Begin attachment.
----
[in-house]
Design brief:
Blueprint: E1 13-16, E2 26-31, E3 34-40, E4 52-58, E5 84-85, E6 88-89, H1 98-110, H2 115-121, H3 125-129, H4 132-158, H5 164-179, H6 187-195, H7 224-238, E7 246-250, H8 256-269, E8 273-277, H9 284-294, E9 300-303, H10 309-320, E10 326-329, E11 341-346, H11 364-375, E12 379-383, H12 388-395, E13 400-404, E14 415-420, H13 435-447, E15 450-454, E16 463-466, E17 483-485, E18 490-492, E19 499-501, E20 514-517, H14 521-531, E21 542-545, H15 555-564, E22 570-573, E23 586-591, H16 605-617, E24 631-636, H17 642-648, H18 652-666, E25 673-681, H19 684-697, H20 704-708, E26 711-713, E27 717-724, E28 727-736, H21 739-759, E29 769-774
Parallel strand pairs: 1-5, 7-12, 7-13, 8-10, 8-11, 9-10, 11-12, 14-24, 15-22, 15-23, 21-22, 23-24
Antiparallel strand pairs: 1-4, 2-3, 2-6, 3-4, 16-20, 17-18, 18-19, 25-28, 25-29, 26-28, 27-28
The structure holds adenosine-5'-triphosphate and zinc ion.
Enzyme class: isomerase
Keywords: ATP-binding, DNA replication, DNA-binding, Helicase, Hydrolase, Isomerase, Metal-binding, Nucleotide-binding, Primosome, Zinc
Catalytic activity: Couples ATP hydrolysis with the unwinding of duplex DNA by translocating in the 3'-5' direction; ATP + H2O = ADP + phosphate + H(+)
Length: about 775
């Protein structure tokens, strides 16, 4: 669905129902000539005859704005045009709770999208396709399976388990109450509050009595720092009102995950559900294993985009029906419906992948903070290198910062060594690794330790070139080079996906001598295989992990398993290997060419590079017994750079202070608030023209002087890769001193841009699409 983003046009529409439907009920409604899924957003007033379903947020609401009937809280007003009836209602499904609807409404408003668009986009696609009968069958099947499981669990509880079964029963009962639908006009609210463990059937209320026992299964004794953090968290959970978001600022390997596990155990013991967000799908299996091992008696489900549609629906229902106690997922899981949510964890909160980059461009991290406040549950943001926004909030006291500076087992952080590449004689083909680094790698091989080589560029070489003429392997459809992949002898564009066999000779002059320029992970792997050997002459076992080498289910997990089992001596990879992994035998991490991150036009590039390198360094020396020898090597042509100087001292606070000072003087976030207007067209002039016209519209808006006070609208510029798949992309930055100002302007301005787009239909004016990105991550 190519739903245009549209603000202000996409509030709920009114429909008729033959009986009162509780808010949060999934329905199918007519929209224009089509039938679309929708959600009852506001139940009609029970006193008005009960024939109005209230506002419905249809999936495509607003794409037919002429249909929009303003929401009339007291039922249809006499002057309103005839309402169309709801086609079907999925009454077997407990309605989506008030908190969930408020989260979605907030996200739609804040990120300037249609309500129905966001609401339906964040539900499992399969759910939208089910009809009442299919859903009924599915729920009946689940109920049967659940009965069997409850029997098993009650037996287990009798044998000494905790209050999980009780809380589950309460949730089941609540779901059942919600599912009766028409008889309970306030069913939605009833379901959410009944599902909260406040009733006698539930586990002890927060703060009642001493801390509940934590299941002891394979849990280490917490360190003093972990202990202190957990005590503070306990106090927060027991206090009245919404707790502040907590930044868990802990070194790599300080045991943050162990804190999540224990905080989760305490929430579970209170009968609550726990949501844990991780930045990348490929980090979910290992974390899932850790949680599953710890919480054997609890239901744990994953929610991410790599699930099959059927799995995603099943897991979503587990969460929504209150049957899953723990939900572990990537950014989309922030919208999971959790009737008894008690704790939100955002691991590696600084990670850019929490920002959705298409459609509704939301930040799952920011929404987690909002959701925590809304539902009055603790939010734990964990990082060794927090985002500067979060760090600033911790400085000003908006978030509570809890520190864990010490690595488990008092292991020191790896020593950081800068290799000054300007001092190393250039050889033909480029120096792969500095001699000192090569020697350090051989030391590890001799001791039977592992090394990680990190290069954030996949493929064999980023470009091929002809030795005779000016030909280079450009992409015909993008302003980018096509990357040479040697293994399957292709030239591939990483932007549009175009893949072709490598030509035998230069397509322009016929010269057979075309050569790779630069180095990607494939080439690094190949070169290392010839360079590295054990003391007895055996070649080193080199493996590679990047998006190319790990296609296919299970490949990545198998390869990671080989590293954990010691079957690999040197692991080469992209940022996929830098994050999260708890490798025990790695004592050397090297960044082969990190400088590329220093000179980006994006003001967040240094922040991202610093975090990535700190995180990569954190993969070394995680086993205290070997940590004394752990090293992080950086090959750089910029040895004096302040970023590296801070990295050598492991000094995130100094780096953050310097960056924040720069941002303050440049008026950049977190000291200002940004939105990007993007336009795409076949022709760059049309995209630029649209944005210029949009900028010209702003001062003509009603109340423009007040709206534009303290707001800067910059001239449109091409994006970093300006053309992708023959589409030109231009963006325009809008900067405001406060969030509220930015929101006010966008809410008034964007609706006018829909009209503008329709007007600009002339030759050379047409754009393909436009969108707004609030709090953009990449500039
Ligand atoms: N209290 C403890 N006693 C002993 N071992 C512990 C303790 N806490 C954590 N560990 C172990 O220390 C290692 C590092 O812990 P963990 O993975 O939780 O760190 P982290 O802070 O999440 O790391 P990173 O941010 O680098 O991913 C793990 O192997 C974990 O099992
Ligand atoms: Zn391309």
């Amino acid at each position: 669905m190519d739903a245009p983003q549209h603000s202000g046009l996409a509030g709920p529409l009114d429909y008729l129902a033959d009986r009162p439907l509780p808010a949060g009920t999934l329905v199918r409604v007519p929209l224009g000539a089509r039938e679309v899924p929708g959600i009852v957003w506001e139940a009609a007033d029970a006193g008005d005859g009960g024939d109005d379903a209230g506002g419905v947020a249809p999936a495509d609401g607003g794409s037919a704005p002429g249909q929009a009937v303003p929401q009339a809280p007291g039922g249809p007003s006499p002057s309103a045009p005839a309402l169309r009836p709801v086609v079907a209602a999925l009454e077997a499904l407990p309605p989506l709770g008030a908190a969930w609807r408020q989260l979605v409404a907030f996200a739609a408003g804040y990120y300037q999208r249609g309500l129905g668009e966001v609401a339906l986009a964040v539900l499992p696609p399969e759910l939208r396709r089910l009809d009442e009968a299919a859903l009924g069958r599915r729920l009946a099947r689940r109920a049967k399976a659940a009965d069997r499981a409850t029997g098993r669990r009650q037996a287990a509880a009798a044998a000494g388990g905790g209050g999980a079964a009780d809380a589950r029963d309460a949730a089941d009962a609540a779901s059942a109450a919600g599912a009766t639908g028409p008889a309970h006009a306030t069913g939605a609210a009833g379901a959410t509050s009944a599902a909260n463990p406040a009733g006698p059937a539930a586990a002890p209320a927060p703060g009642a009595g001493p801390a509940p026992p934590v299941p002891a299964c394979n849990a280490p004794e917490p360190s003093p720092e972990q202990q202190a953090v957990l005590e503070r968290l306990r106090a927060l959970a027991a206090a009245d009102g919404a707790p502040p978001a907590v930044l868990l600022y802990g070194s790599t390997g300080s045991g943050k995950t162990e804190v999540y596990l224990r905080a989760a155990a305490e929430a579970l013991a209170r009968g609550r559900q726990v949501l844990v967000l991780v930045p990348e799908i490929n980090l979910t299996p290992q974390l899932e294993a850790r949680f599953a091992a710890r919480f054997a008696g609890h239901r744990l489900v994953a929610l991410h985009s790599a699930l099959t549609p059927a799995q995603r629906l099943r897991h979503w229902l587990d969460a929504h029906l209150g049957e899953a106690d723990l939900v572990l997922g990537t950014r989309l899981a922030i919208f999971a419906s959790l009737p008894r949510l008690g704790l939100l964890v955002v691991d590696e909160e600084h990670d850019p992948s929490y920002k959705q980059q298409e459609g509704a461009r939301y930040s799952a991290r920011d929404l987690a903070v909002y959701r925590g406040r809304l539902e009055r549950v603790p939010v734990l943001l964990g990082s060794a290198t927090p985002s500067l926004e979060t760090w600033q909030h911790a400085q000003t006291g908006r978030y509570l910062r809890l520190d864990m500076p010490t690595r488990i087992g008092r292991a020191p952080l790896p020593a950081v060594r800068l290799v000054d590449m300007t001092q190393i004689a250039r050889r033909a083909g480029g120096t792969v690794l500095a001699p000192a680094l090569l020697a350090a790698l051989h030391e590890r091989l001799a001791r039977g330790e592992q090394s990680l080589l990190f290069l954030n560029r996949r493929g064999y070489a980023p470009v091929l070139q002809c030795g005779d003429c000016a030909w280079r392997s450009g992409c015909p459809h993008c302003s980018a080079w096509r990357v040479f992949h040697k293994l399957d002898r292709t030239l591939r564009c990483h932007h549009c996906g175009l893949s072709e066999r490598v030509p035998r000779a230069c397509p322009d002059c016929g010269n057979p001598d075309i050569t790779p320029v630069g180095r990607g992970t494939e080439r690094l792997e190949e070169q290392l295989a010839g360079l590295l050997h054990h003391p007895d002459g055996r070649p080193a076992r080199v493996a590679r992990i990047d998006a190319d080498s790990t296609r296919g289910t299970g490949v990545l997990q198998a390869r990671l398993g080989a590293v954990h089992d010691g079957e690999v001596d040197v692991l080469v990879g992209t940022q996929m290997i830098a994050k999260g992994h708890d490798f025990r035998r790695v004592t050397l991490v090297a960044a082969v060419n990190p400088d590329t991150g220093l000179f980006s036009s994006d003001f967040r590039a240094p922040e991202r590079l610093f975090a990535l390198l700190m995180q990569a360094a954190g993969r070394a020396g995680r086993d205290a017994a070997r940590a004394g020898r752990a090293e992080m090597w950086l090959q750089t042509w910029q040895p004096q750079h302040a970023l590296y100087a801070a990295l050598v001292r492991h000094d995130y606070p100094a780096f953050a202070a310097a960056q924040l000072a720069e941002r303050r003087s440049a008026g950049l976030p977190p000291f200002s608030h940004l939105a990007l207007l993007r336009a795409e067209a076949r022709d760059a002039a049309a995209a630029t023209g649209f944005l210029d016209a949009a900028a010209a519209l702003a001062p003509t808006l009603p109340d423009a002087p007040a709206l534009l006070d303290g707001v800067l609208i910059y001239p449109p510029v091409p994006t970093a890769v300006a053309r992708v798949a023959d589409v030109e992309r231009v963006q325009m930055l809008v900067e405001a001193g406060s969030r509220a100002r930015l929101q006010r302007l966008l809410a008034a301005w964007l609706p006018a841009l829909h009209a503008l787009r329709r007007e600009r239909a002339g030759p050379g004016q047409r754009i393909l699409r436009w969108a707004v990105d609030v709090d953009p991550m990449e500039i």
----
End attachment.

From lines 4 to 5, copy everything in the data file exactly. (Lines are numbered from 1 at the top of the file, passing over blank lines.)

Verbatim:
Parallel strand pairs: 1-5, 7-12, 7-13, 8-10, 8-11, 9-10, 11-12, 14-24, 15-22, 15-23, 21-22, 23-24
Antiparallel strand pairs: 1-4, 2-3, 2-6, 3-4, 16-20, 17-18, 18-19, 25-28, 25-29, 26-28, 27-28